Rain, rain everywhere, and not a drop to drink. Rain, rain everywhere, and all the roads did shrink. At least that is the way it felt as Zombos and I hustled along the Cross Bronx Expressway in a mad attempt to reach Chiller Theatre Expo before the dealer's rooms closed at 7pm. It was raining heavily, and we were making slow progress over to New Jersey. Even the New Jersey drivers were driving with caution in the deluge. (Note to self: check list of signs of the coming apocalypse. I believe 'New Jersey drivers driving cautiously' falls between 'when hell freezes over', and 'belief that global warming is as real as Big Foot'.)
The Elder Gods were with us, however, and we made it with a little over an hour to spare. Going at such a late hour is rather beneficial, as the dealer's rooms are actually strollable. Zombos dashed off to find Zacherley, as usual, and I carried along his long laundry list of things to pick up for his closet, as usual.
One film in particular that he wanted to see is The Call of Cthulhu. This film, produced by the H.P. Lovecraft Historical Society, is an interesting bit of amateur filmmaking. Much praise has been given for this silent film version of Lovecraft's short story, which is set in the 1920s. I definitely wanted to see it also. I quickly found a copy at the Creepy Classics dealer's table. The trailer is online.
It is an intriguing challenge — creating a black and white silent film for today's audience is a dicey proposition; just look at all the iPodded simstim-heads out there, wearing white-wired headsets as a fashion statement. Then there is the one shoestring budget for an amateur production; how do you create special effects for a hypertechno-affectualized audience (probably still wearing their iPods)? It is a hard sell, and I am sure the audience draw for this is limited. But for those who can remove their iPods for a spell, enjoy some 'how the hell are we going to do that on this budget?' styled special effects, sit down with a skull o'popcorn and allow themselves to drift into a well-directed (by Andrew Leman) excursion into classic horror, the reward is there.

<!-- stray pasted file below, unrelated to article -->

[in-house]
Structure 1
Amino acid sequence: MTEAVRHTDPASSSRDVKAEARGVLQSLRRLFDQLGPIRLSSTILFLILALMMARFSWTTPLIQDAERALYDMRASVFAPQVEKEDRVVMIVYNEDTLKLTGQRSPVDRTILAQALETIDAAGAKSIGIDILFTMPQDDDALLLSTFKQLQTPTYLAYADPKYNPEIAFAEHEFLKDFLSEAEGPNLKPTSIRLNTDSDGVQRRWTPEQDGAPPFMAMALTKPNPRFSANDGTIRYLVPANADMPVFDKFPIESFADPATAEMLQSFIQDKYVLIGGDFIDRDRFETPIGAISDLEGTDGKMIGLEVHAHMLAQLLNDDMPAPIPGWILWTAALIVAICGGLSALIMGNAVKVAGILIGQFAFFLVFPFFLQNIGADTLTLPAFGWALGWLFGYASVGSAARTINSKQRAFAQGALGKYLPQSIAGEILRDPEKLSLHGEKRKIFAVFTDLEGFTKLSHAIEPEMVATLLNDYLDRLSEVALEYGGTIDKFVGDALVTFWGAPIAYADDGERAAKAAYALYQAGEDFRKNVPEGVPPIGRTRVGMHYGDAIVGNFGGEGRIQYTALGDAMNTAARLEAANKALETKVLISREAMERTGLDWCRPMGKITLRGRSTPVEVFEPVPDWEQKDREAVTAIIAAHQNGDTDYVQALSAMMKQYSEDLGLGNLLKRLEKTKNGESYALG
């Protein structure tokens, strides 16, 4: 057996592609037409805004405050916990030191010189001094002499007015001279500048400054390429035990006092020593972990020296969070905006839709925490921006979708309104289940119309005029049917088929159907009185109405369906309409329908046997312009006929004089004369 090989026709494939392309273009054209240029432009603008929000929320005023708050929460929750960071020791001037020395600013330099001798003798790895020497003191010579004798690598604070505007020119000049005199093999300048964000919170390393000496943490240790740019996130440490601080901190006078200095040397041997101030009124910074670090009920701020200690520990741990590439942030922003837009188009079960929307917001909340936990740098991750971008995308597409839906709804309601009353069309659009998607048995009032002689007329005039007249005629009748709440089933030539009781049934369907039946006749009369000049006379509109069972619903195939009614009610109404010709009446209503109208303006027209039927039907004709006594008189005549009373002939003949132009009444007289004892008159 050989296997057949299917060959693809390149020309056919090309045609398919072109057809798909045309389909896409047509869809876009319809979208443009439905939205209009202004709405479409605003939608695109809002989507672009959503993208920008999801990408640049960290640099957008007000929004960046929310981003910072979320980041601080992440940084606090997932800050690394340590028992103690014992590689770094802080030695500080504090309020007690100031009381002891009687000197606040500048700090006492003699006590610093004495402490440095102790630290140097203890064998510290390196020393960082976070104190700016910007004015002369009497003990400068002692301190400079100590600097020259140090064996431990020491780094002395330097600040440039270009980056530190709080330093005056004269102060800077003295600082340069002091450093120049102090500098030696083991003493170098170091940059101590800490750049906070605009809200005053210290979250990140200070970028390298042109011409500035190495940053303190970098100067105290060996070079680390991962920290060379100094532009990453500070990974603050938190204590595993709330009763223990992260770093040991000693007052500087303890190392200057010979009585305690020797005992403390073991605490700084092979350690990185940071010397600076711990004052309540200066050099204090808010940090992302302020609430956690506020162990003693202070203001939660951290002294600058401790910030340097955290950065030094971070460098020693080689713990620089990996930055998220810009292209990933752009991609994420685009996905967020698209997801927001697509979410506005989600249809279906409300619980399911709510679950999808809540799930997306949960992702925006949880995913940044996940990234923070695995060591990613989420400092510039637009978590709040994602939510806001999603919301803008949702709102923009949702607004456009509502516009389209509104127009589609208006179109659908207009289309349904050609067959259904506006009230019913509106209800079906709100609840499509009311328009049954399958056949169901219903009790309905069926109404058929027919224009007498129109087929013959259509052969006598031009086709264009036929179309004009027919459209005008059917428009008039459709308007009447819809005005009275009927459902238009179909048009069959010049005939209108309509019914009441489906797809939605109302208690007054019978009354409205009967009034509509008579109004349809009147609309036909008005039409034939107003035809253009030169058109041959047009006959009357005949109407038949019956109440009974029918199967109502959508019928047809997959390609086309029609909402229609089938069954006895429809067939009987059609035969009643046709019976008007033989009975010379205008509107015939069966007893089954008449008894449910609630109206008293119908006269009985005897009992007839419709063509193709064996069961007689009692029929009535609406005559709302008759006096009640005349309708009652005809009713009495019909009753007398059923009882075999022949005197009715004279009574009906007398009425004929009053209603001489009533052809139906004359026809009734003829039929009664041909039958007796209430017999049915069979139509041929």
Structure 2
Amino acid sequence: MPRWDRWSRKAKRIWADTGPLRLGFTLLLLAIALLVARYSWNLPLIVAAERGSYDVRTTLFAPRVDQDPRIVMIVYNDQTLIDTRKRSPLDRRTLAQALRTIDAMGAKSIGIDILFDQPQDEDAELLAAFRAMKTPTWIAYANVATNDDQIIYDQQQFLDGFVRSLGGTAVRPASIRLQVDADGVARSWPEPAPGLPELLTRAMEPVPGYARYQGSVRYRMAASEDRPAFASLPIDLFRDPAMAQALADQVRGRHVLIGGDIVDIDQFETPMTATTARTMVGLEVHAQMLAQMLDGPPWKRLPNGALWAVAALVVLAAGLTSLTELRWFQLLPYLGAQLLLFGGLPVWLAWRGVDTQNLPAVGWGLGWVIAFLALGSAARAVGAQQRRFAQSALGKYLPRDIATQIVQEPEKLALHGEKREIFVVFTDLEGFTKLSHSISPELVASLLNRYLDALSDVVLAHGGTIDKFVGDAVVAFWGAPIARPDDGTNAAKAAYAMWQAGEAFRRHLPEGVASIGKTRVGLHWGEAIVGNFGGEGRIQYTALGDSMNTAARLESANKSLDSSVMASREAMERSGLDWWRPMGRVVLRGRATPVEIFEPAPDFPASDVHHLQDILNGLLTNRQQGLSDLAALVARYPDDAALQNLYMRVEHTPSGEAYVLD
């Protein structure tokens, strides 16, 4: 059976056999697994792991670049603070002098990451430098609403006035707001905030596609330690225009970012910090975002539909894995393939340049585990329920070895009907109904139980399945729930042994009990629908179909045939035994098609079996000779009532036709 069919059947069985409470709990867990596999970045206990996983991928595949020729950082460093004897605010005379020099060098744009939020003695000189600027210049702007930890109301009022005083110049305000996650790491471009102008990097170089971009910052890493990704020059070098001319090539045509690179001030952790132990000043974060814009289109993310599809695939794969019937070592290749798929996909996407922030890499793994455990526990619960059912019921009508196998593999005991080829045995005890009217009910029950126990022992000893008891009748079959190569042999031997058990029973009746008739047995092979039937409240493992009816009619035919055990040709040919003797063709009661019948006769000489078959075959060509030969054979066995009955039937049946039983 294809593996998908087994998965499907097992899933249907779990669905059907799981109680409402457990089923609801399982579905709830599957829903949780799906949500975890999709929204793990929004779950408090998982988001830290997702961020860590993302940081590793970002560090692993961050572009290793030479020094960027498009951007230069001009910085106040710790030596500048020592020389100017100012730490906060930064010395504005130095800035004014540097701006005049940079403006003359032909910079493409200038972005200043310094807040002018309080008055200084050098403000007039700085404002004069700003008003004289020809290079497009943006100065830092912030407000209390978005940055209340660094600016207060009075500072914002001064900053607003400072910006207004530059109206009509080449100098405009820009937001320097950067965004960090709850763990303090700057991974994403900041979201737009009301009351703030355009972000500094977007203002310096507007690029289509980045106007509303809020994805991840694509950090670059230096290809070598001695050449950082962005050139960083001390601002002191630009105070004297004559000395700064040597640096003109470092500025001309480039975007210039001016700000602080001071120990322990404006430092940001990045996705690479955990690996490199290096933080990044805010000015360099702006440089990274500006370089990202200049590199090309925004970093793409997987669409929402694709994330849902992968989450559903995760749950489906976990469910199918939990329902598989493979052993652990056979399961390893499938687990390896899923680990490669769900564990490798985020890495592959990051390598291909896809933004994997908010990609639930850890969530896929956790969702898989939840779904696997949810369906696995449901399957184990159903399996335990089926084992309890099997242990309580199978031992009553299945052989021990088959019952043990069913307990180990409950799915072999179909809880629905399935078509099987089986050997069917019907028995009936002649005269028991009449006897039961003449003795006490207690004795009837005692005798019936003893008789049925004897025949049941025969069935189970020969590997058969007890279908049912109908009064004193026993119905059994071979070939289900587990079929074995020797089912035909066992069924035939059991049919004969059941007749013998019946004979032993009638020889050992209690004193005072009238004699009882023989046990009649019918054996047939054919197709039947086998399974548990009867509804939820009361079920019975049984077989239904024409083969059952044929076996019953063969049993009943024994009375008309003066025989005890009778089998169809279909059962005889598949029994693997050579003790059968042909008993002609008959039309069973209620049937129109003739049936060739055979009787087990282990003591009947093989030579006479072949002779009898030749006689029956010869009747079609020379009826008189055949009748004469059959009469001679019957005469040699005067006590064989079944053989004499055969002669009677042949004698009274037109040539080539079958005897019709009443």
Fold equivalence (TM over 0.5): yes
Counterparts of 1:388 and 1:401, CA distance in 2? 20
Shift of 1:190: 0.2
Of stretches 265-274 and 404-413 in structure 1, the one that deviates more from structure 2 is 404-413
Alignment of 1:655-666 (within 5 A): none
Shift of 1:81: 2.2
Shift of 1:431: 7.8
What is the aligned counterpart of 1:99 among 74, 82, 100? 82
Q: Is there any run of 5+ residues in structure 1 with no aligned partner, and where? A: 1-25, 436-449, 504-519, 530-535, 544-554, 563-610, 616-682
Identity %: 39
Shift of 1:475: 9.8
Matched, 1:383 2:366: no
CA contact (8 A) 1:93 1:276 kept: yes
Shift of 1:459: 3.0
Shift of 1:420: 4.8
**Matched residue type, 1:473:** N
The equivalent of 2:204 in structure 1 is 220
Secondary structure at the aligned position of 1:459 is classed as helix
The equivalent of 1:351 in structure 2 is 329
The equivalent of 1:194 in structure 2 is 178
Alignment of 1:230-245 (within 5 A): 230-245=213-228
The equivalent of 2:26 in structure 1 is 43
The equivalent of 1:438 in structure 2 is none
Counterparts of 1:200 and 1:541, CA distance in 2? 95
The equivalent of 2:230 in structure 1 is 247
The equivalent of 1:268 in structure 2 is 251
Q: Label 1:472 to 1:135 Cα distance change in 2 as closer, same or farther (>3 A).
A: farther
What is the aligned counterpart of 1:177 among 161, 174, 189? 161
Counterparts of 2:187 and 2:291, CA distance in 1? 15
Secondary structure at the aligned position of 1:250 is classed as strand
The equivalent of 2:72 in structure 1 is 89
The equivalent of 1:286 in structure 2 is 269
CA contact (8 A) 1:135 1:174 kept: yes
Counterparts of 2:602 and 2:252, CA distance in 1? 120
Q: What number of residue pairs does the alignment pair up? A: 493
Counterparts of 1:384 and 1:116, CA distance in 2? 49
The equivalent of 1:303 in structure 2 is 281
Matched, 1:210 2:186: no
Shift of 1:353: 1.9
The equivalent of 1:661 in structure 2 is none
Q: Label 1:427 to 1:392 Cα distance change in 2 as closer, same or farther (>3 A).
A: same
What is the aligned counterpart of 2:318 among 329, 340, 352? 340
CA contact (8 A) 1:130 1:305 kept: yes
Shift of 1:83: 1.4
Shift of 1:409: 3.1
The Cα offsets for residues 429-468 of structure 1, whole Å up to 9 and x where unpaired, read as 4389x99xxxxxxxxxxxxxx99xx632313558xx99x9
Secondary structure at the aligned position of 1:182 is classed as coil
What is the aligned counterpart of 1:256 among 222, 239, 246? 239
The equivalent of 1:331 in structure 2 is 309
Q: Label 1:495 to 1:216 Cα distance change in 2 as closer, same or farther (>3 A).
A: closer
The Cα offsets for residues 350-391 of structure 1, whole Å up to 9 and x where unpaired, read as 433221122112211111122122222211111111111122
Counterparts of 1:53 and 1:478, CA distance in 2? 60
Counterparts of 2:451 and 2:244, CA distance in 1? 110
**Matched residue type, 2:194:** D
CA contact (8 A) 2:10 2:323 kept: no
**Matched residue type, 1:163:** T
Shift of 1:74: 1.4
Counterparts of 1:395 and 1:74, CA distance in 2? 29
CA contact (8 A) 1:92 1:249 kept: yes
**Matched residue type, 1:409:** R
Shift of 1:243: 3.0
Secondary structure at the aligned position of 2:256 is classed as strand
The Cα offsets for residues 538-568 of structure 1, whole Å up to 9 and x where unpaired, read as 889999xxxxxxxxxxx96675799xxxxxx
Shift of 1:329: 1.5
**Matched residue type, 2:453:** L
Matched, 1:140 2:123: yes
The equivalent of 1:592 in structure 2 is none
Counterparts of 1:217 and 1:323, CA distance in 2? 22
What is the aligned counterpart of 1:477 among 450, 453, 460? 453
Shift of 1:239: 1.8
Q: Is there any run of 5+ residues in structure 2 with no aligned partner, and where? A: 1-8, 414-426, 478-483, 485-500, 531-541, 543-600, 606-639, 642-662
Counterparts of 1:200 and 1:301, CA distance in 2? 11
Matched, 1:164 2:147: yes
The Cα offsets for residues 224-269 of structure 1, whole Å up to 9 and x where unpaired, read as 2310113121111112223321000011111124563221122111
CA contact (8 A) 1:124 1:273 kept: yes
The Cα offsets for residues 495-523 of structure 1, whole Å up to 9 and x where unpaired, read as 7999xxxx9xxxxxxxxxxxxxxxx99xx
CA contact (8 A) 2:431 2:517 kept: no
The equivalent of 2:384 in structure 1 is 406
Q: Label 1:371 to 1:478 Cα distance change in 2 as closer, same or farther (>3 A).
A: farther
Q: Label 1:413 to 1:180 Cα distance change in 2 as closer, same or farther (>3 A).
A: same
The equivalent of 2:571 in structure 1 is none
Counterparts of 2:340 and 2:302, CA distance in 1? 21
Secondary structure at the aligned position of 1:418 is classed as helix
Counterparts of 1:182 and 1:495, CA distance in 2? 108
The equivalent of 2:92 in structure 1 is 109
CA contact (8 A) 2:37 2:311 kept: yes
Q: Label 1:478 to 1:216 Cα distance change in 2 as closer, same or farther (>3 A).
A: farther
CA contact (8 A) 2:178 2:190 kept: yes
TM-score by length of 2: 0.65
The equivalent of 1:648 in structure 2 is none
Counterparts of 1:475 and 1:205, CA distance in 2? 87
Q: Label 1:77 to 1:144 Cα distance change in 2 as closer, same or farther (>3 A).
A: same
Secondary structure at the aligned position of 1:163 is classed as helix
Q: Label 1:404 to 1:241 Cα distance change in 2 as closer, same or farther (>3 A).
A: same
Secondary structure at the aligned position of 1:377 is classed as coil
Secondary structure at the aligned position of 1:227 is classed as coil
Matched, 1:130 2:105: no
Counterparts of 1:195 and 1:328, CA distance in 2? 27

The opening credits are a fun homage to the Universal Studios 1929 'globe circled by biplane' logo, combined with a retro-look font that evokes the opening credits of earlier horror films. The onscreen inter-titles, used to convey dialog and narrate story points, are done with exacting period detail. Toward the end of the film, though, one or two inter-titles were flashed on screen too quickly to be read properly. (Okay, at least by me, anyway.)
While I can quibble with some things, like merchant marine sailors wearing clean, pressed clothes and spotlessly white and uncrumpled caps, and everybody, except for the Cthulhu swamp worshippers that is, looking so darn clean-cut and unrumpled, the film overall is a wonderful work of art. It captures the building sense of terror in the story, and Lovecraft's fatalistic mood, as no other, more lavish, production has. This is a credit to the actors, whose performances are greatly enhanced by the lack of dialog sound, and superbly aided by the moody score.
As I watched this film, I was reminded of The Cabinet of Dr. Caligari. Here, the use of close-ups and tightly framed shots, along with an occasional dutch shot (horizon not parallel to the frame), overshadow the low-budget sets. The island where the ill-fated crew meets the big C, with its expressionistic, starkly angular landscaping, like the streets where Dr. Caligari and Cesare prowled, is imaginative and creepy.
The "Tale of Inspector Legrasse" segment of the film, which corresponds to the same section in the short story, is nicely handled on that one shoestring budget. David Mersault is a great choice to play Legrasse. His look and manner are spot-on, and the mist-shrouded swamp encounter with the "indescribable horde of human abnormality" worshippers of Cthulhu and the Great Old Ones is an exciting mix of scoring, model, and greenscreen work, and full-scale set design. The only fault I can find with the scene is that it lacks more kinetic energy in the fight scenes, both within the separate scenes themselves, and in how the scenes are intercut. What should be a bloody knockdown and drag-out affair comes off a little lukewarm. The lack of combatants — there's that small budget again — also minimizes the intensity of the confrontation.
The climactic confrontation between Cthulhu and the ill-fated sailors, "The Madness from the Sea" segment of the film corresponding to the same section in the short story, is another fine example of doing much with little. Again, model and greenscreen work, and imaginative, full-scale sets combine to realize the otherworldliness of Cthulhu and his "hideous monolith-crowned citadel" jutting up from the sea. The use of stop-motion to portray Cthulhu, for the most part, does not work well here, and should have been eschewed for a more shadowy, mostly hidden from view perspective of the thing that
…cannot be described – there is no language for such abysms of shrieking and immemorial lunacy, such eldritch contradictions of all matter, force, and cosmic order.
The documentary on the DVD describes the tenacity, angst, and artistic juryrigging that made this film a reality. It also provides an informative introduction to the Lovecraftianites that would not let a miniscule budget stand in their way.
The Call of Cthulhu is an entertaining and faithful cinematic version of the classic story, and required viewing by any self-proclaimed Lovecraft aficianado.Powered by Sidelines